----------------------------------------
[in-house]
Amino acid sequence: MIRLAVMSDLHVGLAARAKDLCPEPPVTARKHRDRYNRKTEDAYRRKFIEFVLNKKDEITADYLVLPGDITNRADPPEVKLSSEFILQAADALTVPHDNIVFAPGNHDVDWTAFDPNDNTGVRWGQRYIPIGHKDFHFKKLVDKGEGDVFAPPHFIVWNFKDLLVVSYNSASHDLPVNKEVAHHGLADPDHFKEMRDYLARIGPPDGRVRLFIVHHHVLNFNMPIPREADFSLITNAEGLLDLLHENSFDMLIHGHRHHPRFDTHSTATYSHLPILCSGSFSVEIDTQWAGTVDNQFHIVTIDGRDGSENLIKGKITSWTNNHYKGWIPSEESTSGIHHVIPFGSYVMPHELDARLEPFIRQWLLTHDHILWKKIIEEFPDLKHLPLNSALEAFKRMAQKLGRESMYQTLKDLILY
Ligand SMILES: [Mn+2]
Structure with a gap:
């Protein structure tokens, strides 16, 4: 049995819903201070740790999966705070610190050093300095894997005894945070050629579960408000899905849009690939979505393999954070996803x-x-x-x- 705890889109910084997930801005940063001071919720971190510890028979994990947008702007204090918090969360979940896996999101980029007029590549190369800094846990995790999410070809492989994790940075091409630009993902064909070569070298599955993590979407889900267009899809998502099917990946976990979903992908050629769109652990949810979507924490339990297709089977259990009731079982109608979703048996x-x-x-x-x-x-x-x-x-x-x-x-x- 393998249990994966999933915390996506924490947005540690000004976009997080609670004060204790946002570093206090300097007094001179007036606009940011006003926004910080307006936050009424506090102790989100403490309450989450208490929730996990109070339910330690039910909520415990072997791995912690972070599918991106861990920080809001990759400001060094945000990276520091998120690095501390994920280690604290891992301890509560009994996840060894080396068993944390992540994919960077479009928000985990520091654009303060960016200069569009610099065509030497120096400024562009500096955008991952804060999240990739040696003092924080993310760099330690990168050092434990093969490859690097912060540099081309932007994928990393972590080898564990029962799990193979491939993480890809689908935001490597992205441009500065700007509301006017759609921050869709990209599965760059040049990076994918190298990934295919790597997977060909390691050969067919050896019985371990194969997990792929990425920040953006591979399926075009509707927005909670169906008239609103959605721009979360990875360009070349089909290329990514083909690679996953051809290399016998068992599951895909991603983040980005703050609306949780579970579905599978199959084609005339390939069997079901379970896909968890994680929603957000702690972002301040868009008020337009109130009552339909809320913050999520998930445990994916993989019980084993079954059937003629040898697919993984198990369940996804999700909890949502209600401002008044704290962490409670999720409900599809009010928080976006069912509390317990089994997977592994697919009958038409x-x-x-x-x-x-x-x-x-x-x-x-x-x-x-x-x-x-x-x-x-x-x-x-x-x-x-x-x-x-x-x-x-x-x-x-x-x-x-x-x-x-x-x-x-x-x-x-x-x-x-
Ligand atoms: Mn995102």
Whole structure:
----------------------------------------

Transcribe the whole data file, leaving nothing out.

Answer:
[in-house]
Amino acid sequence: MIRLAVMSDLHVGLAARAKDLCPEPPVTARKHRDRYNRKTEDAYRRKFIEFVLNKKDEITADYLVLPGDITNRADPPEVKLSSEFILQAADALTVPHDNIVFAPGNHDVDWTAFDPNDNTGVRWGQRYIPIGHKDFHFKKLVDKGEGDVFAPPHFIVWNFKDLLVVSYNSASHDLPVNKEVAHHGLADPDHFKEMRDYLARIGPPDGRVRLFIVHHHVLNFNMPIPREADFSLITNAEGLLDLLHENSFDMLIHGHRHHPRFDTHSTATYSHLPILCSGSFSVEIDTQWAGTVDNQFHIVTIDGRDGSENLIKGKITSWTNNHYKGWIPSEESTSGIHHVIPFGSYVMPHELDARLEPFIRQWLLTHDHILWKKIIEEFPDLKHLPLNSALEAFKRMAQKLGRESMYQTLKDLILY
Ligand SMILES: [Mn+2]
Structure with a gap:
């Protein structure tokens, strides 16, 4: 049995819903201070740790999966705070610190050093300095894997005894945070050629579960408000899905849009690939979505393999954070996803x-x-x-x- 705890889109910084997930801005940063001071919720971190510890028979994990947008702007204090918090969360979940896996999101980029007029590549190369800094846990995790999410070809492989994790940075091409630009993902064909070569070298599955993590979407889900267009899809998502099917990946976990979903992908050629769109652990949810979507924490339990297709089977259990009731079982109608979703048996x-x-x-x-x-x-x-x-x-x-x-x-x- 393998249990994966999933915390996506924490947005540690000004976009997080609670004060204790946002570093206090300097007094001179007036606009940011006003926004910080307006936050009424506090102790989100403490309450989450208490929730996990109070339910330690039910909520415990072997791995912690972070599918991106861990920080809001990759400001060094945000990276520091998120690095501390994920280690604290891992301890509560009994996840060894080396068993944390992540994919960077479009928000985990520091654009303060960016200069569009610099065509030497120096400024562009500096955008991952804060999240990739040696003092924080993310760099330690990168050092434990093969490859690097912060540099081309932007994928990393972590080898564990029962799990193979491939993480890809689908935001490597992205441009500065700007509301006017759609921050869709990209599965760059040049990076994918190298990934295919790597997977060909390691050969067919050896019985371990194969997990792929990425920040953006591979399926075009509707927005909670169906008239609103959605721009979360990875360009070349089909290329990514083909690679996953051809290399016998068992599951895909991603983040980005703050609306949780579970579905599978199959084609005339390939069997079901379970896909968890994680929603957000702690972002301040868009008020337009109130009552339909809320913050999520998930445990994916993989019980084993079954059937003629040898697919993984198990369940996804999700909890949502209600401002008044704290962490409670999720409900599809009010928080976006069912509390317990089994997977592994697919009958038409x-x-x-x-x-x-x-x-x-x-x-x-x-x-x-x-x-x-x-x-x-x-x-x-x-x-x-x-x-x-x-x-x-x-x-x-x-x-x-x-x-x-x-x-x-x-x-x-x-x-x-
Ligand atoms: Mn995102």
Whole structure: